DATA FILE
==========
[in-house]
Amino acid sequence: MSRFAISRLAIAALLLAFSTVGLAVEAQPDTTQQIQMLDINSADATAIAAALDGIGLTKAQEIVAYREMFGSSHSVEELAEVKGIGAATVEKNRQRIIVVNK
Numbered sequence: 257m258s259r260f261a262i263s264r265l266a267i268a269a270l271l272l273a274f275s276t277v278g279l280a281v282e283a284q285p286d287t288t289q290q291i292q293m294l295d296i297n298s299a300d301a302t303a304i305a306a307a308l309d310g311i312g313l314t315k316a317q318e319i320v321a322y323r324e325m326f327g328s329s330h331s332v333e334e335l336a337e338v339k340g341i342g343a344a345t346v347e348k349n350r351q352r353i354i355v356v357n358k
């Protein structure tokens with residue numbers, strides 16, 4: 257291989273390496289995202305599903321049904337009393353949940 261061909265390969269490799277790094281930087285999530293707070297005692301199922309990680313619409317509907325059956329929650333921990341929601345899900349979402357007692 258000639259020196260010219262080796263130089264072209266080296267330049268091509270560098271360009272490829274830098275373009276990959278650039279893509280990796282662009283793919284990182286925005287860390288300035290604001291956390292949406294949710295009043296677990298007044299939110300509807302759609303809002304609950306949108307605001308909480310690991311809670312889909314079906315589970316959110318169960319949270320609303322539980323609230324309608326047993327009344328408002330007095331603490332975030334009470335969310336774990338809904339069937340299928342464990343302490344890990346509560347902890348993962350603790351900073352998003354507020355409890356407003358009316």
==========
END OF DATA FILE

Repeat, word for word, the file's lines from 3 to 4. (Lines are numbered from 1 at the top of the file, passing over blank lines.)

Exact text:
Numbered sequence: 257m258s259r260f261a262i263s264r265l266a267i268a269a270l271l272l273a274f275s276t277v278g279l280a281v282e283a284q285p286d287t288t289q290q291i292q293m294l295d296i297n298s299a300d301a302t303a304i305a306a307a308l309d310g311i312g313l314t315k316a317q318e319i320v321a322y323r324e325m326f327g328s329s330h331s332v333e334e335l336a337e338v339k340g341i342g343a344a345t346v347e348k349n350r351q352r353i354i355v356v357n358k
């Protein structure tokens with residue numbers, strides 16, 4: 257291989273390496289995202305599903321049904337009393353949940 261061909265390969269490799277790094281930087285999530293707070297005692301199922309990680313619409317509907325059956329929650333921990341929601345899900349979402357007692 258000639259020196260010219262080796263130089264072209266080296267330049268091509270560098271360009272490829274830098275373009276990959278650039279893509280990796282662009283793919284990182286925005287860390288300035290604001291956390292949406294949710295009043296677990298007044299939110300509807302759609303809002304609950306949108307605001308909480310690991311809670312889909314079906315589970316959110318169960319949270320609303322539980323609230324309608326047993327009344328408002330007095331603490332975030334009470335969310336774990338809904339069937340299928342464990343302490344890990346509560347902890348993962350603790351900073352998003354507020355409890356407003358009316």